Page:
Like their food, art, history, and language, the French are passionate about their drinks – of course, they have a long and successful tradition as far as wine is concerned, but look at any liquor cabinet and you’ll see mostly French imports.
If you have ever been to France, or have dined with French friends, you may have encountered some rather unusual drinks that they are remarkably passionate about – although I’m never one to turn down a drink, when it comes to Chartreuse and Benedictine, even I’ve been known to screw my face up a tad!
So here’s a (nowhere near exhaustive enough) list of some of the most popular, and unusual, drinks to come from our cross-channel cousins!
One of my all time favourite French drinks has to be absinthe – possibly because of its slightly rebellious undertones!
Originally made in Switzerland, France started producing the aniseed tasting liqueur in the 19th century, and the French took to it with gusto, with an estimated 35 million litres consumed by the French that year.
Fans of the drink included great writers and artists like Manet, Degas, van Gogh, Toulouse-Lautrec, and Picasso, plus visitors Oscar Wilde and Ernest Hemingway.
With some perceived psychedelic properties it was believed to have links with criminality and was banned in 1915. This ban was never repealed but that oversight is overlooked these days, and the bottles can now be found on shelves with the rather innocuous sounding name of spirit with wormwood base!
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Photo by Tyler[/caption]
This aniseed flavoured aperitif is found in every French home, particularly in the south. Served with water or ice, Pastis was first commercialized by Paul Ricard in 1932, and was a popular replacement for the banned absinth, as it had the same flavours without the taboo aspects.
Pastis follows the Mediterranean theme of aniseed flavoured drinks with the likes of ouzo and sambucca popular with their neighbours.
This herbal alcohol is an example of early marketing success, where popular legend had it that it was originally made by the monks of the Benedictine Abbey in Normandy in the 16th century, when in fact it was first produced in the 19th century by Alexandra Le Grand and a local pharmacist.
Le Grand spread the rumour to create some historical link to the area, and of course boost sales. With a secret concoction of 27 plants and spices this is served to help digestion after dinner, is also believed to have medicinal qualities, and is not for the faint hearted!
Unlike the above, Chartreuse was
actually made by monks since the 18th century – and still is to this day.
The green liqueur is made up of a recipe of 130 herbs, flowers, and various other ingredients which are only known by two monks according to the spiel, and although it was popular in the literary world as a tipple of choice for the Great Gatsby, and Hunter S .Thompson was a fan, the strong herby flavour is an acquired taste!
5. Grand Marnier
Grand Marnier is an orange flavoured cognac that is equally popular as a straight up drink, on the rocks, or in a cocktail, as it is in a recipe for dessert.
First produced in 1880 by Alexandre Marnier-Lapostolle, this 40% alcoholic beverage is a blend of cognac brandy, distilled essence of orange, and sugar, making it the perfect accompaniment for crepes, patisseries, and Christmas cake.
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Photo by Simon A. Eugster[/caption]
Kir is made up of white wine and predominantly crème de cassis, but there are variations including with peach liqueur (peche) or using champagne instead (kir royal).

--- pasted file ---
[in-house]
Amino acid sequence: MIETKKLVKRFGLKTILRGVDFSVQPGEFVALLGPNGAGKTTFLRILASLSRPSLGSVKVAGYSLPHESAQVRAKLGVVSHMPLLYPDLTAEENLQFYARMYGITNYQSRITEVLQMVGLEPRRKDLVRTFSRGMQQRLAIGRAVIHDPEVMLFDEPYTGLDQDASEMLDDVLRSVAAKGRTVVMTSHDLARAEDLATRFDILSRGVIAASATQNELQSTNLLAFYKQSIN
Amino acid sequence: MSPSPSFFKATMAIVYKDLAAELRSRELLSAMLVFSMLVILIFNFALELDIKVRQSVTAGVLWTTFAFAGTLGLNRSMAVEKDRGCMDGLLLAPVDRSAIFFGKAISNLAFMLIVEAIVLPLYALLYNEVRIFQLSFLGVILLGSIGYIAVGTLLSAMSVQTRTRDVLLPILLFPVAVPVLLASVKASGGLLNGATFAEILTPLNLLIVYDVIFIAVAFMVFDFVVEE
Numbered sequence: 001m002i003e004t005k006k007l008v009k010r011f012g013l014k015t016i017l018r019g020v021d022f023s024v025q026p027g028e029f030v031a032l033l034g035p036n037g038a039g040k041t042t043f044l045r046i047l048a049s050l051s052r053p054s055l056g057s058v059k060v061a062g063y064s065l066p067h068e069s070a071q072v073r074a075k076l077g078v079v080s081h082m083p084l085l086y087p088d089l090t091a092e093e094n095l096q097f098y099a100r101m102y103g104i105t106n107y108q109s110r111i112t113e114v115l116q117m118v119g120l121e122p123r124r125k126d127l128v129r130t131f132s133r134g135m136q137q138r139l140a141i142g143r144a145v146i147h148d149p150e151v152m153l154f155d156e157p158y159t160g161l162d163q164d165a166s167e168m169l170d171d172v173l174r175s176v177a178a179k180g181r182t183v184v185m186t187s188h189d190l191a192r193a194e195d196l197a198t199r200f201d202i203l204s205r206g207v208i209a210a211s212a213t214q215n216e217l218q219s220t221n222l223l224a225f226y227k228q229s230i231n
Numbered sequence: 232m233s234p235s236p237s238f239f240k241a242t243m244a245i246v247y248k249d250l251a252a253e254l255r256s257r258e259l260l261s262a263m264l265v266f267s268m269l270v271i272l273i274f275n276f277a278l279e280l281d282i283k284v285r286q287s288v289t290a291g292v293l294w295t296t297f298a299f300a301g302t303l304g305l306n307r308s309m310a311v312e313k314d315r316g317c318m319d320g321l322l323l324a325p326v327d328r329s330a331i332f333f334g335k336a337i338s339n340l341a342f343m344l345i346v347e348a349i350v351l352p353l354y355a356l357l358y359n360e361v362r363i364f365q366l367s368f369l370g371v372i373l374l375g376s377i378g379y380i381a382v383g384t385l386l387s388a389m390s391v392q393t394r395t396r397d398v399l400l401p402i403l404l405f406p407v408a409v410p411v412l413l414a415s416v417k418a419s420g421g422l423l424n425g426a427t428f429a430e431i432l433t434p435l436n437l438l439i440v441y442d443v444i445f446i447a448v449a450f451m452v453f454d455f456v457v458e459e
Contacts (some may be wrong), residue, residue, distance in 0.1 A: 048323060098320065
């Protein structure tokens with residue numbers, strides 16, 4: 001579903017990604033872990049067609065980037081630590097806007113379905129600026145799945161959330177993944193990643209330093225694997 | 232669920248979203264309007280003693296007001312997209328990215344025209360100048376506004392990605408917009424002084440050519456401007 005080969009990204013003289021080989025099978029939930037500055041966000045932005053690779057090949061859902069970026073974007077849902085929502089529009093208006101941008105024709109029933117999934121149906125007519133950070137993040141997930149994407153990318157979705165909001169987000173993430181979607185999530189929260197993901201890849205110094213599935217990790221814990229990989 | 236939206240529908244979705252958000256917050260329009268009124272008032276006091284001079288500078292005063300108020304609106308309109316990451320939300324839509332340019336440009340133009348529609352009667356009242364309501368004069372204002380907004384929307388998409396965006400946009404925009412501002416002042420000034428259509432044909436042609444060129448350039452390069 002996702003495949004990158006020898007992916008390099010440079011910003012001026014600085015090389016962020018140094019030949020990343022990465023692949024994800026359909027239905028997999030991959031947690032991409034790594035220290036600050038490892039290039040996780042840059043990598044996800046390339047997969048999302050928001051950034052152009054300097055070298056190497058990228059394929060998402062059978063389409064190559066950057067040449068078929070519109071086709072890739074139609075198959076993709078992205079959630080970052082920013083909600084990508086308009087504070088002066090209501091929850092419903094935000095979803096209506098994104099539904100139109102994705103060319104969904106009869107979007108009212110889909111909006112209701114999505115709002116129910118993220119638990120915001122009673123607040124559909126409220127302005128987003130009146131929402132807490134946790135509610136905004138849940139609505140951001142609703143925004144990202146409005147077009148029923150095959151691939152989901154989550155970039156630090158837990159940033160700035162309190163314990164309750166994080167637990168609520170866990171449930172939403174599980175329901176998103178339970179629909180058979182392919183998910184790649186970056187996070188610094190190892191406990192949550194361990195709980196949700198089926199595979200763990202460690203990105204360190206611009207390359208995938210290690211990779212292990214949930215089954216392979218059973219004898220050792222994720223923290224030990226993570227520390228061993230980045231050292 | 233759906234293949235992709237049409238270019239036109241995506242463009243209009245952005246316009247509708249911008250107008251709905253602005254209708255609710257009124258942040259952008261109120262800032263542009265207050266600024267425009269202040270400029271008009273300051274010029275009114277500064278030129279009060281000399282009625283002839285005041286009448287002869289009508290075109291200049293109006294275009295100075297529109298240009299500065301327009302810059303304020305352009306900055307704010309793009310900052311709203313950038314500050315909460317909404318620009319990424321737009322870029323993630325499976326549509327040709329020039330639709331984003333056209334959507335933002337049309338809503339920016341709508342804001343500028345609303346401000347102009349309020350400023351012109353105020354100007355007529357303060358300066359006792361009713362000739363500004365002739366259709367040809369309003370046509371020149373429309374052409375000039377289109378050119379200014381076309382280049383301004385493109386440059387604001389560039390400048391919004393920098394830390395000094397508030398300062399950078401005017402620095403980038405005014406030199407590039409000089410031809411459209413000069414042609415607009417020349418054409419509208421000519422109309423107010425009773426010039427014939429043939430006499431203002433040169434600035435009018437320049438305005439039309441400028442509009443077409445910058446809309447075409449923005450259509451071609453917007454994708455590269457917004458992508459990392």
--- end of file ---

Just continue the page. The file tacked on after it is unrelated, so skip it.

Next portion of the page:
There are various legends about how this drink came about, but the most popular appears to have been the result of the Mayor of Dijon, Felix Kir, making the most of a particularly bad batch of white wine by adding the black currant liqueur circa 1950s.
Phew, this drink will put hairs on your chest – or burn them off if you light a match while drinking it!
An apple brandy made predominantly in the Normandy region, it is distilled from cider made from specially grown and selected apples from over 200 different varieties.
In France, Calvados is drunk as an aperitif, digestif, or with coffee, but us Brits prefer the latter – possibly not having the constitution of the ox could be blamed for that!
Chambord Liqueur Royale de France is easily recognizable for its somewhat regally designed bottle, and having originated around 1685 when it was popular with Louis XIV, it’s quite apt.
Made with raspberries, blackberries, and vanilla steeped in cognac, it’s a fruity drink that is a particularly good base for cocktails, in particular “Sex on the Beach.”
Ever since a local doctor, Louis Perrier, bought a naturally carbonated spring in southern France in 1898, and started bottling it, bottled water has been all the rage with the French – in fact, more bottled water is produced and drunk in France than any other country in the world.
10. Eaux de Vie
Translated as the waters of life, this term refers to pretty much all fiery, clear aperitifs which are popular as a pre-dinner drink, post-dinner drink, and any time in between dinner drink too!
As with everything the French do, the imbibing of beverages is done with style, with tradition, and usually with some great history attached, yet, unlike us Brits, they also do it in moderation!
It includes the cognacs, calvados, and armagnacs, but is any high alcohol beverage made of fruits, and all regions have their own variety.
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Photo by Paul Joseph[/caption]
If you’re heading to France the best place to sample any of these drinks is in a local tavern, but we recommend brushing up on your local language skills, as they don’t take too kindly to those that don’t at least make an effort!